The finale of the Walking Dead’s third season has been built up over the last several episodes and several questions had been raised that needed answering. In a show that prides itself on setting the bar pretty high for drama and suspense, last night’s season ender managed to both succeed and fail on several levels.
After torturing Milton and tormenting Andrea and leaving both for dead, the Governor and his team carried out a full frontal assault on the prison. Using what were clearly some “shock and awe” tactics of blowing up guard towers, and mowing down dozens of zombies with heavy machine gun fire, the Governor and his army tore into the prison unopposed. The lack of any of Rick’s people fighting back was clearly designed for us to think that the group had decided to run instead of stay and fight and it worked on the audience and the Governor to a pretty successful effect. Rick’s trap used a subtle reminder from season 1 when he fired a pistol inside the tank and was stunned and overcome by the sound to a well executed ambush of using flash-bang grenades in the confined tunnels under the prison. With his men clearly disoriented and overcome, the Governor is forced to retreat from the prison. There was even a little shout out to the comics by having Glen and Maggie in full riot gear from the prison. Nice touch!
Perhaps the night’s biggest shock moment when the Governor’s last bits of sanity flew away and in a fit of rage, he snaps and guns down at least a dozen of his own people for failing him. Although this was incredibly effective to show us how far off the deep end he’s really gone, the reaction of his lieutenants seemed unrealistic to me. They retreat and watch, but don’t resist or shoot back in any way. I know they’ve all done some horrible things to get where they are, but standing and watching what are presumably their friends and possibly family members murdered in front of them without so much as firing a shot in defense seemed a little forced and farfetched. And why they would continue to follow him after that is beyond me. Perhaps it was supposed to insinuate the power the Governor has over them. I’m not sure and the fact that I’m not sure is a problem.
The night’s biggest gray area was Carl. While he and Herschel are hiding and watching outside the prison, one of the Governor’s barely trained and highly inexperienced henchmen accidently stumbles across them while trying to escape the ambush. As the young man attempts to surrender and hand over his weapon, Carl shoots him mercilessly. When confronted about it later on, he offers up a fairly solid argument of how inactions in the past have come back to hurt them later. Rick sees clearly that his son is growing up in a “kill or be killed” world and the effect that has on him is as plain as the look on his face.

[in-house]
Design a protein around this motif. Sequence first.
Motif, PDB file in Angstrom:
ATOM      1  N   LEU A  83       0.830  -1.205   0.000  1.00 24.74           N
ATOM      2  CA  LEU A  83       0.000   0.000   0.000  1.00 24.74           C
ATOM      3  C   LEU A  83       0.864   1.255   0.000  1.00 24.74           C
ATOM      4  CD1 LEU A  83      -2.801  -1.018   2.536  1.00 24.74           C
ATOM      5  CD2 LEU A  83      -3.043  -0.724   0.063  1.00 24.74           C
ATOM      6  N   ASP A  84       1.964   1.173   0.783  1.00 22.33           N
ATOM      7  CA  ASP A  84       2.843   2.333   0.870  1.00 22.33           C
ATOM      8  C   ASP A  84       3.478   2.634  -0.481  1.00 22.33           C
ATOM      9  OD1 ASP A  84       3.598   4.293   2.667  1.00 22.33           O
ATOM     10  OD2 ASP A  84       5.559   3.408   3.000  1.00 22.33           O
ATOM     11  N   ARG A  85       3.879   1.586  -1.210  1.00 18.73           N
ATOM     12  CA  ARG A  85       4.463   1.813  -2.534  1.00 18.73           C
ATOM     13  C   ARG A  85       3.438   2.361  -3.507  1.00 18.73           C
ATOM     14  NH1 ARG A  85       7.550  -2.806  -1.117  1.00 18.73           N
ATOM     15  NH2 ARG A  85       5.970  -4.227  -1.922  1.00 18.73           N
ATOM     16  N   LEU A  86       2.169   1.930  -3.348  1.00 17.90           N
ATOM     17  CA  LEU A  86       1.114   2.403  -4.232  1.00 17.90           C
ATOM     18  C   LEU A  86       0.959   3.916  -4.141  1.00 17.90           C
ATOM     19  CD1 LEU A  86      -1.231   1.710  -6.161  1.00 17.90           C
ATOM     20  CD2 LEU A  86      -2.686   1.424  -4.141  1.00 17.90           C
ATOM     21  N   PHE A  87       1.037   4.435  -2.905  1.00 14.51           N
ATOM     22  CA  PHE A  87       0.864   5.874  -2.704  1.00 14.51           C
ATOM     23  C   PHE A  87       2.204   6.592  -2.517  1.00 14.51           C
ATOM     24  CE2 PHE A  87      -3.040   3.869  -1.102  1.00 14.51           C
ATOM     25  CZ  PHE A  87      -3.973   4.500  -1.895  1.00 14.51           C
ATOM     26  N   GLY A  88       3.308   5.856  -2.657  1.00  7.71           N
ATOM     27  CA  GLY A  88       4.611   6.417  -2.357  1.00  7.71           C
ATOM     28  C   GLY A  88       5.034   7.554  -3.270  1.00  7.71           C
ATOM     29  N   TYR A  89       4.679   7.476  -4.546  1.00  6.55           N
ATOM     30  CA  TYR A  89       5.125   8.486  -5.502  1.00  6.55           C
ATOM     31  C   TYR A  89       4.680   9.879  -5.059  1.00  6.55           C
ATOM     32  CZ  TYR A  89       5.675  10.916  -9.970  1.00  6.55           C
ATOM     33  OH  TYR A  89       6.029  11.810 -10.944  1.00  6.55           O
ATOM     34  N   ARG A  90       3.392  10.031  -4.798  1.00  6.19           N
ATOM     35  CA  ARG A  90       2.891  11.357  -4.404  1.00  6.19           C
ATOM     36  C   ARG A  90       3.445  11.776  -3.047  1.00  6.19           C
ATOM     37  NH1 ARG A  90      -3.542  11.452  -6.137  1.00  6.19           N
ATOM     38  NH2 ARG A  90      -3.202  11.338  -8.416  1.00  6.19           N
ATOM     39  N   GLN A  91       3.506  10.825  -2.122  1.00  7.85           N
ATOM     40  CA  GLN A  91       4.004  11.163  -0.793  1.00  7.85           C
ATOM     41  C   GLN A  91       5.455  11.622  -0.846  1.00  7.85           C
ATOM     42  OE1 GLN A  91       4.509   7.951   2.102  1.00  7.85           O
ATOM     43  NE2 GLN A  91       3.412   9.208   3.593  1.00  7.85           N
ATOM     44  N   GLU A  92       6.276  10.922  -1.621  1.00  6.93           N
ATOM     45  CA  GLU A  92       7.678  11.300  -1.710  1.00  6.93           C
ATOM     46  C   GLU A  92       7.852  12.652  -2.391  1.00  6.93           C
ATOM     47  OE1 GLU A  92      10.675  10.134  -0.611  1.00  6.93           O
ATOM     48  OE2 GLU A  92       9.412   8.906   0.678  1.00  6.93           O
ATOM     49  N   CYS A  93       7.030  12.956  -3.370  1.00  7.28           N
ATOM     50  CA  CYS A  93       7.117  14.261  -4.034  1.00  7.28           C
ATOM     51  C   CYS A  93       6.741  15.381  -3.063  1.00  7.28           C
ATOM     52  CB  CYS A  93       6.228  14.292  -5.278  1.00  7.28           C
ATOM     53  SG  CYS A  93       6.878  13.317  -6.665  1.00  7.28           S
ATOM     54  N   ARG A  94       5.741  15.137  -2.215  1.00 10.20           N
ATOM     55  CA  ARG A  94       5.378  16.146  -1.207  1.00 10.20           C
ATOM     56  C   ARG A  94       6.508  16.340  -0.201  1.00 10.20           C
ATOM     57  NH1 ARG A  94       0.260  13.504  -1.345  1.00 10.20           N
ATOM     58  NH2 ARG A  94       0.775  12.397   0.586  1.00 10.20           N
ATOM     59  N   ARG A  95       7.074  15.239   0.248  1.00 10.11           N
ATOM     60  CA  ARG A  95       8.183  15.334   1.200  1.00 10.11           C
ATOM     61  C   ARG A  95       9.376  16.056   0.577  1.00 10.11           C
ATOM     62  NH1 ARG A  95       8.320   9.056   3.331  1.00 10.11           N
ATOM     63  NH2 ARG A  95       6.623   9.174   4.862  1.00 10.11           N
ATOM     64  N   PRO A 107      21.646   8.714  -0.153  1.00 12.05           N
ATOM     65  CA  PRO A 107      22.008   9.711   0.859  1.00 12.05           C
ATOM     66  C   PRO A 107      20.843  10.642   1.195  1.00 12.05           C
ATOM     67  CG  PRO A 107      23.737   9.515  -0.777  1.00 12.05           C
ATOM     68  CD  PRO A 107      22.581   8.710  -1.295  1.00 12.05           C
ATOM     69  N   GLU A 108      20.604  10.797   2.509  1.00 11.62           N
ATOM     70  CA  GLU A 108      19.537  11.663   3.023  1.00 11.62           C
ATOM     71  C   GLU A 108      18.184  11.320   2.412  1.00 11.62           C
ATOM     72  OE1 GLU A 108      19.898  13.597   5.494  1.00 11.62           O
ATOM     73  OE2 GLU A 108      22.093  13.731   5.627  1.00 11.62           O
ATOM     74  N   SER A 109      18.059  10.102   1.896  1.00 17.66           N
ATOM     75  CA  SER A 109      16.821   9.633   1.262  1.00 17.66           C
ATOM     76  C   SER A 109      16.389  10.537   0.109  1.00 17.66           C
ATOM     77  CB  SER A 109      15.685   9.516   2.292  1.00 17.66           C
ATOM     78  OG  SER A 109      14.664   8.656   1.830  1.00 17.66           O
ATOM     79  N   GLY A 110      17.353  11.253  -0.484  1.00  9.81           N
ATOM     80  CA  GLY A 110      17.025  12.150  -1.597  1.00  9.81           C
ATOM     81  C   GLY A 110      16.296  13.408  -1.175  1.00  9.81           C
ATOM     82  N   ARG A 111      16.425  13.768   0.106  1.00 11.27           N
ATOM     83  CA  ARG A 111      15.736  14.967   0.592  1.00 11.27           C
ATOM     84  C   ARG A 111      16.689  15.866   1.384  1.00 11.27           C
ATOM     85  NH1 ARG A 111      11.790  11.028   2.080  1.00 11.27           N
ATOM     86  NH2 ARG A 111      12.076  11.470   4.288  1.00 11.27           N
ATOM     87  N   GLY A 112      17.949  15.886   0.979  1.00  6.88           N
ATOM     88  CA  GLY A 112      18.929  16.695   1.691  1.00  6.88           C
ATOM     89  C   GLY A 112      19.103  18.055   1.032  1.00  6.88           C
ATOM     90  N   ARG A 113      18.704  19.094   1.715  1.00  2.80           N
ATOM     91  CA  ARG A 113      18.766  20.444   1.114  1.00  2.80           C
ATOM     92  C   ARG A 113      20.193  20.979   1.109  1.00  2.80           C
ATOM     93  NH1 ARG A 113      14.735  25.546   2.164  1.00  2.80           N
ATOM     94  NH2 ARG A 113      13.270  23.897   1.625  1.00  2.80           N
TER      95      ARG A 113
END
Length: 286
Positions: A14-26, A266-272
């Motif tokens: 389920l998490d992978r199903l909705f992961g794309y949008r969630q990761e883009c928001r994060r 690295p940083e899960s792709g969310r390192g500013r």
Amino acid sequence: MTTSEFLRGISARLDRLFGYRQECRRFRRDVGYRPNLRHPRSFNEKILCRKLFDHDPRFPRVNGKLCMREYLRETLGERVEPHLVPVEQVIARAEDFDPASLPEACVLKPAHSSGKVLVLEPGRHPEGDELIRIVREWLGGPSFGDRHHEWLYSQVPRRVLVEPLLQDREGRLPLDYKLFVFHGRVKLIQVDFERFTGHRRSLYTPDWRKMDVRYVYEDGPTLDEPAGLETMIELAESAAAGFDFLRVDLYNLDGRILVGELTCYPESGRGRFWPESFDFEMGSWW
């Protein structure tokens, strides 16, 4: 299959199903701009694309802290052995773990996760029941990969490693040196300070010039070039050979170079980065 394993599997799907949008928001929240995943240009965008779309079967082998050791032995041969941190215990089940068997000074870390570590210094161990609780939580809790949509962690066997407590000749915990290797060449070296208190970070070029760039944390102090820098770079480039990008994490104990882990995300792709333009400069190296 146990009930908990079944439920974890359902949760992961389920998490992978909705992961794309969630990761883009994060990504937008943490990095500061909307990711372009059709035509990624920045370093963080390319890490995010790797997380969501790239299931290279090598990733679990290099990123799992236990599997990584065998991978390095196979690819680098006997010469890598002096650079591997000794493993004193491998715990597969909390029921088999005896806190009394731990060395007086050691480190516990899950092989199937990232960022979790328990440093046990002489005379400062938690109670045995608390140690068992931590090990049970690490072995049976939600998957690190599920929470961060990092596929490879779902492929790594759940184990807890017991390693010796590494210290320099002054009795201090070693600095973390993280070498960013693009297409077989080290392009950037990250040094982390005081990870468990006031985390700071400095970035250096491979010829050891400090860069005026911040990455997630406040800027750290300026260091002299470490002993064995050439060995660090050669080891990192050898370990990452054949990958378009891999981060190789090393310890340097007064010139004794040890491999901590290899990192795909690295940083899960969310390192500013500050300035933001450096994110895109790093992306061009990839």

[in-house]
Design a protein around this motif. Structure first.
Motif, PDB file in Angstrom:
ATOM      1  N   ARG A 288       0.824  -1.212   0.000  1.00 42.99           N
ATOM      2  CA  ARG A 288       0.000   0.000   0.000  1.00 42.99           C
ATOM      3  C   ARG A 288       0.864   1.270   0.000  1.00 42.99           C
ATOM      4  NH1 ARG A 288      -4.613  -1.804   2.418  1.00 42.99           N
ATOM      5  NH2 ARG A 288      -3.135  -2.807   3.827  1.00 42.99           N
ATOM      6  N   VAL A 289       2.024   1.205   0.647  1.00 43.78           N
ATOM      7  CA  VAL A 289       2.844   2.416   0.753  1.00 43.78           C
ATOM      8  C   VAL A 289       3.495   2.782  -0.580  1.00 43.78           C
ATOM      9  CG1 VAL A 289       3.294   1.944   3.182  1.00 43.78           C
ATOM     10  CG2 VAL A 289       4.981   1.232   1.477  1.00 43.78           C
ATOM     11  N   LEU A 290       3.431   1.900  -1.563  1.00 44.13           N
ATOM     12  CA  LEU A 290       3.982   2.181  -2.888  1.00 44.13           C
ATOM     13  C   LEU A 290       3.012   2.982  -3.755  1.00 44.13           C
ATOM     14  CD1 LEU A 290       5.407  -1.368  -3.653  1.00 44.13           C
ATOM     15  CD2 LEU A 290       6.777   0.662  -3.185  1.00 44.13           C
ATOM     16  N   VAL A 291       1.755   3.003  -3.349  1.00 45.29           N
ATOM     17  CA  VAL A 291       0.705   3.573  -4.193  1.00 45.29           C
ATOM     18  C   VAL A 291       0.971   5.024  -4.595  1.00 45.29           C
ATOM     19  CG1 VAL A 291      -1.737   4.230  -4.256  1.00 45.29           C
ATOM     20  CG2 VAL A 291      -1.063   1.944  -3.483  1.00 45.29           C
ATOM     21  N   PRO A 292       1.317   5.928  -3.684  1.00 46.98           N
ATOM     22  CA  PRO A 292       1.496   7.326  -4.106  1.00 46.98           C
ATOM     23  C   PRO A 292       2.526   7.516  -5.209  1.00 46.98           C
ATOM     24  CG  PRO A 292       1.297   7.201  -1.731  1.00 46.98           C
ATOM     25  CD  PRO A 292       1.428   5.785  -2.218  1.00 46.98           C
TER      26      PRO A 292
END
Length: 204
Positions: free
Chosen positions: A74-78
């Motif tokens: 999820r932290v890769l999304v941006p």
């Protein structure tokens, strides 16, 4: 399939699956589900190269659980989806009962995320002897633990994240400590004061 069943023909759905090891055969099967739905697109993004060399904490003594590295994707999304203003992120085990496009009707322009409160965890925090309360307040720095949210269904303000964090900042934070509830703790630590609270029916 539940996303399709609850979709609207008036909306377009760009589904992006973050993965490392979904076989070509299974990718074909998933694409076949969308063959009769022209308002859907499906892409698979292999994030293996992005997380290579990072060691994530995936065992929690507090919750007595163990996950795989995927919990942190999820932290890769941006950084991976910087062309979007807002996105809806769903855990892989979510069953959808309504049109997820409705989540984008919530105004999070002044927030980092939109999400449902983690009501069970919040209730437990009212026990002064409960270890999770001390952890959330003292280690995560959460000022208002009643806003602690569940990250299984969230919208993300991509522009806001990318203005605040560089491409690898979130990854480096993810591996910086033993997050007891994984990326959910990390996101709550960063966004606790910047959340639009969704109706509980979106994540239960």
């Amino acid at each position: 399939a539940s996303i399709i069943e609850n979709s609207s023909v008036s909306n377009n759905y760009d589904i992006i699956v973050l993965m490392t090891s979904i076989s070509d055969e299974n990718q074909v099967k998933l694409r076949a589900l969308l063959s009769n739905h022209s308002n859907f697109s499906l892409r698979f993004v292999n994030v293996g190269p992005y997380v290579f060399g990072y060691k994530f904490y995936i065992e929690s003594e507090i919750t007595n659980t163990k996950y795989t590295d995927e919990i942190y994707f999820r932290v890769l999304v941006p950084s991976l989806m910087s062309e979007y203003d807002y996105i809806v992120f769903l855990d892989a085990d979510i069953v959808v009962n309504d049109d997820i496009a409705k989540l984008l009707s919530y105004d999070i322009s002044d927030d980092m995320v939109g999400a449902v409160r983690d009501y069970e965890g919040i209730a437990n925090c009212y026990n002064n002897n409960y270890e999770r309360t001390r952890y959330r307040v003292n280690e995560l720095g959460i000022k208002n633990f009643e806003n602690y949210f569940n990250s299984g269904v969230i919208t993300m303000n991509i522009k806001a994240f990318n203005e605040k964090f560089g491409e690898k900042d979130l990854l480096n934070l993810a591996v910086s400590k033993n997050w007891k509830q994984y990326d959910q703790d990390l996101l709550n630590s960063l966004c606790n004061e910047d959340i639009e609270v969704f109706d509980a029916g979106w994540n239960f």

Which finally brings us to what was clearly intended to be the most emotional and dramatic conclusion, Andrea. Unfortunately, I don’t think emotional punch landed since most, if not all of the season she’s been in trying to fit in with the enemy. I understand what Andrea was trying to do by brokering a bridge between both worlds and perhaps some peace and understanding between the warring factions, but at the risk of sounding like a fanboy, the Andrea in the comic is a much more rounded and better utilized character. Even though the actress that portrayed her is great, TV Andrea was largely unlikeable and mostly wasted potential when compared to her comics counterpart. Her dying was supposed to be a big, dramatic moment, but it fell a little flat, especially compared to last week’s Daryl / Merle moment.
All in all it was a great episode, but only a good finale. We’re left to wonder all summer about the Governor’s very Darth Vaderish departure as he rides off into the distance to fight again next year. If Rick is done hallucinating, and how the Beatles of Zombie killing; Rick, Tyreese, Michonne and Daryl will come together and protect what’s left of Woodberry’s citizens and truly become the greater good.
Score - 3/5